On Tuesday Colorado and Washington voters became the first states to pass referendums legalizing marijuana for recreational use.
Colorado Governor John Hickenlooper (D), who opposed Amendment 64, conceded defeat with a caveat: “The voters have spoken and we have to respect their will. This will be a complicated process, but we intend to follow through. That said, federal law still says marijuana is an illegal drug so don’t break out the Cheetos or Goldfish too quickly.”
Still, the elimination of penalties for possessing up to an ounce of marijuana (for persons 21 and older) takes effect as soon as Gov. Hickenlooper signs a proclamation certifying the results of the election—which he is required to do within 30 days
The big takeaway, as Jacob Sullum at Reason points out, is that adults in both states don't have to worry nearly as much about being busted for possession because the vast majority of arrests are made by state and local police.
Scot Kersgaard of The Colorado Independent broke down legalization in Colorado:
• It will be legal under Colorado law for adults to possess, grow, consume and give away (to another adult) up to an ounce of marijuana.
• M arijuana would be legally available for commercial sale no sooner than late 2013 or early 2014 as state, local and commercial regulations are adopted.
• The Feds could do nothing, move to block implementation, or wait until legal businesses are set up and then move to shut them down and arrest employees.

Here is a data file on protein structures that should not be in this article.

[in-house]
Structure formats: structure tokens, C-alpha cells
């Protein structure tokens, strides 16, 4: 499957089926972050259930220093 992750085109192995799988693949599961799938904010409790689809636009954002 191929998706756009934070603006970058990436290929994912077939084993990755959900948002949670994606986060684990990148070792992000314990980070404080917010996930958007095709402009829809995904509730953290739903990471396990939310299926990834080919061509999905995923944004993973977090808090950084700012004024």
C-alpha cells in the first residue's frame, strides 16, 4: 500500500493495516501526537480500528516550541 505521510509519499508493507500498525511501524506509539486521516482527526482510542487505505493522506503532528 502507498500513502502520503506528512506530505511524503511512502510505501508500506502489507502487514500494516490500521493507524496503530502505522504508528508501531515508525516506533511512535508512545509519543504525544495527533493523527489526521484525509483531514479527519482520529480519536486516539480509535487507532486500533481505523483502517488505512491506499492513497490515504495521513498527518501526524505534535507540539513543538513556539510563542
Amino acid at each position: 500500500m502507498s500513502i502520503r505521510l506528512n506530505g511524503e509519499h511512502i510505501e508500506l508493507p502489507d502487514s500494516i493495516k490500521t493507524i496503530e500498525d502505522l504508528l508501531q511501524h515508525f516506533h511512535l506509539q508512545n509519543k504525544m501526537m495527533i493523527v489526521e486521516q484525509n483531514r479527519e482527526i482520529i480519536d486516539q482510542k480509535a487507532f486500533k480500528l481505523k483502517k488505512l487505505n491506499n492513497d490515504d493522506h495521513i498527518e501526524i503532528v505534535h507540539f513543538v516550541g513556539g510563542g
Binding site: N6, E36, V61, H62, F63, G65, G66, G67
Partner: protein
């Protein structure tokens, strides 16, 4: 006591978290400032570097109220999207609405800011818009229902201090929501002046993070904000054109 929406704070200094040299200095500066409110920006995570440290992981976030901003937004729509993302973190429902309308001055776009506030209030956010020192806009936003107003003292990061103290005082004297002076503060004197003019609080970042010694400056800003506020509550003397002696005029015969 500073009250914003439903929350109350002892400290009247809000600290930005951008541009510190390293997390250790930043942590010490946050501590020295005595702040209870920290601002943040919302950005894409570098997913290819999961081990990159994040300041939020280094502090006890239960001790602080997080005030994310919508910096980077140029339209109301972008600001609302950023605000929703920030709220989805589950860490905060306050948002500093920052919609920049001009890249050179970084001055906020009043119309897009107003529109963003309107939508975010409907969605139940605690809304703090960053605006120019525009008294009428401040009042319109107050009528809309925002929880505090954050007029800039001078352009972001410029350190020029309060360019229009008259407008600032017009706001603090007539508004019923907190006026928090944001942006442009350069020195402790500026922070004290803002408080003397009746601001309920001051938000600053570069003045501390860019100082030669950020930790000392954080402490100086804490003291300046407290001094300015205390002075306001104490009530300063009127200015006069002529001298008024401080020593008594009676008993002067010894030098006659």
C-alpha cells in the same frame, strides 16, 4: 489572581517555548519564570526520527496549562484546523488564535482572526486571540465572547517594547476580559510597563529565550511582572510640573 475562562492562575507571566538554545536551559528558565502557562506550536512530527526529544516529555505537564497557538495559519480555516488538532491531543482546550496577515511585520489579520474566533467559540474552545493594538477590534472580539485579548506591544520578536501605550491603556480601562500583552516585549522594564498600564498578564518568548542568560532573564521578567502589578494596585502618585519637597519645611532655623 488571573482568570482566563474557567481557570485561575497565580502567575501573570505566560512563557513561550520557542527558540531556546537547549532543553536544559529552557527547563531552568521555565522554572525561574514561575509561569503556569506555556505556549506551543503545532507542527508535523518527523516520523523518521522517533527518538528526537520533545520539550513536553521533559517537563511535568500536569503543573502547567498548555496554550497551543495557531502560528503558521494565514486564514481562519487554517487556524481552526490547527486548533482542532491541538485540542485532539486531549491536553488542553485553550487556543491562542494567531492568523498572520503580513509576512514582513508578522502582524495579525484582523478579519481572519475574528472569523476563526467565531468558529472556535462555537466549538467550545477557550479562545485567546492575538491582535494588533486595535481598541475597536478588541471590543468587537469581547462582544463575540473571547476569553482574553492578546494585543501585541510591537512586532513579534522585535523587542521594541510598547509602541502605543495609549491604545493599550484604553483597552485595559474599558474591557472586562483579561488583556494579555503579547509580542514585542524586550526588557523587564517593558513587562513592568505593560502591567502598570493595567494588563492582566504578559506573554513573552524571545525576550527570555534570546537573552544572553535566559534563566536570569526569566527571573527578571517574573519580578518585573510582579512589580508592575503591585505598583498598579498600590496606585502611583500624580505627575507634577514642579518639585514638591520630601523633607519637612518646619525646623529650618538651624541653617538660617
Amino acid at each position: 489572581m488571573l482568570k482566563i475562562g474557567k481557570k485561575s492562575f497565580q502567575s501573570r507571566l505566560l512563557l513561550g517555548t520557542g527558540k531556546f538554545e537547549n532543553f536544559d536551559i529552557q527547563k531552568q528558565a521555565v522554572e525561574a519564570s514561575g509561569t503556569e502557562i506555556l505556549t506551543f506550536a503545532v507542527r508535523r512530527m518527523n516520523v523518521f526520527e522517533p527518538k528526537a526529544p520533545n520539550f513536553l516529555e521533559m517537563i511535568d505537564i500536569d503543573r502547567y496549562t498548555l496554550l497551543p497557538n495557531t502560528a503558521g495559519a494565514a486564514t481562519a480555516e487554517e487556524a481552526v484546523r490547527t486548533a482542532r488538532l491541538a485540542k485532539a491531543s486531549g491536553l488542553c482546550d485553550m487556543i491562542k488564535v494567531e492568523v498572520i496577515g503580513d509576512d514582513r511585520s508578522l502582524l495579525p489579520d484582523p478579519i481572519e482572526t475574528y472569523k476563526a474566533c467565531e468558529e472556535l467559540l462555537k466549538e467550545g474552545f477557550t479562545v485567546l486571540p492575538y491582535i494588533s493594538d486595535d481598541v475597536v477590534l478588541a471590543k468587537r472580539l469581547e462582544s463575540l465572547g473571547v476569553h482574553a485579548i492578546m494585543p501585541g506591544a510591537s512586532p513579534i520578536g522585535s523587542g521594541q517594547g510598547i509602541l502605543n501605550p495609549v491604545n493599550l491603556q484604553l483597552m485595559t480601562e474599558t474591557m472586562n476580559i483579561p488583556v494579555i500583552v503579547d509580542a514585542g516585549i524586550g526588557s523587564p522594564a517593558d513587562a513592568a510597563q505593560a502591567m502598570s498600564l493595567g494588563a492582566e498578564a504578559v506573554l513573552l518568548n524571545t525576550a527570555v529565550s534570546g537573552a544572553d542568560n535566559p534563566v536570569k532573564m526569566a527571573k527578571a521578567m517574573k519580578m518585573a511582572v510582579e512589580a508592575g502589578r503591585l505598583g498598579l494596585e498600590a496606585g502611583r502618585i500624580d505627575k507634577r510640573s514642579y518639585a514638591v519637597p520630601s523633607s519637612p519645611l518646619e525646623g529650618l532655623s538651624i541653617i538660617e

• As we noted, individual users have less to worry about, but toking in public and driving high are still illegal and e mployers can still test for marijuana if they choose.
• People growing their own could have up to six plants—with no more than three being mature at any given time—in secured areas not visible to the public, and growers will be able to possess their entire harvest (even if it exceeds the legal one ounce).
Kersgaard also details how legalization is projected to be a boon in regards to tax revenue, and notes that the first $40 million a year generated by the excise tax of up to 15 percent will go to a state fund for the construction of public schools.
Initiative 502 in Washington state is not as expansive but does legalize, regulate and tax sales of small amounts of marijuana to adults. The tax is a hefty one, imposing a 25 percent tax rate on the product three times: when the grower sells it to the processor, when the processor sells it to the retailer, and when the retailer sells it to the customer.
The Seattle PI notes that the initiative contains a one-year rule-making procedure, so “there is no need for precipitous action” by the federal drug bureaucracy and the state has "breathing space that allows for adult conversation at all levels,” according to Seattle City Attorney Pete Holmes.
All in all, this is a big win for the states and proponents of legalization.
In the new book "Marijuana Legalization: What Everyone Needs to Know," d rug policy scholars note that the "Constitution does not allow the federal government either to order state governments to create any particular criminal law or to require state and local police to enforce federal criminal laws."
AND it won't really be a viable option for the Drug Enforcement Agency and their 5,000 agents nationwide to pick up the state and local slack by busting a lot of people who people who possess dope for recreational use or even those who grow pot for themselves and their friends.
Sullum points out that t he DEA "can raid state-legal pot shops, as it has done with medical marijuana dispensaries, but the number of potential targets will be considerably larger once the market officially expands to include recreational users."
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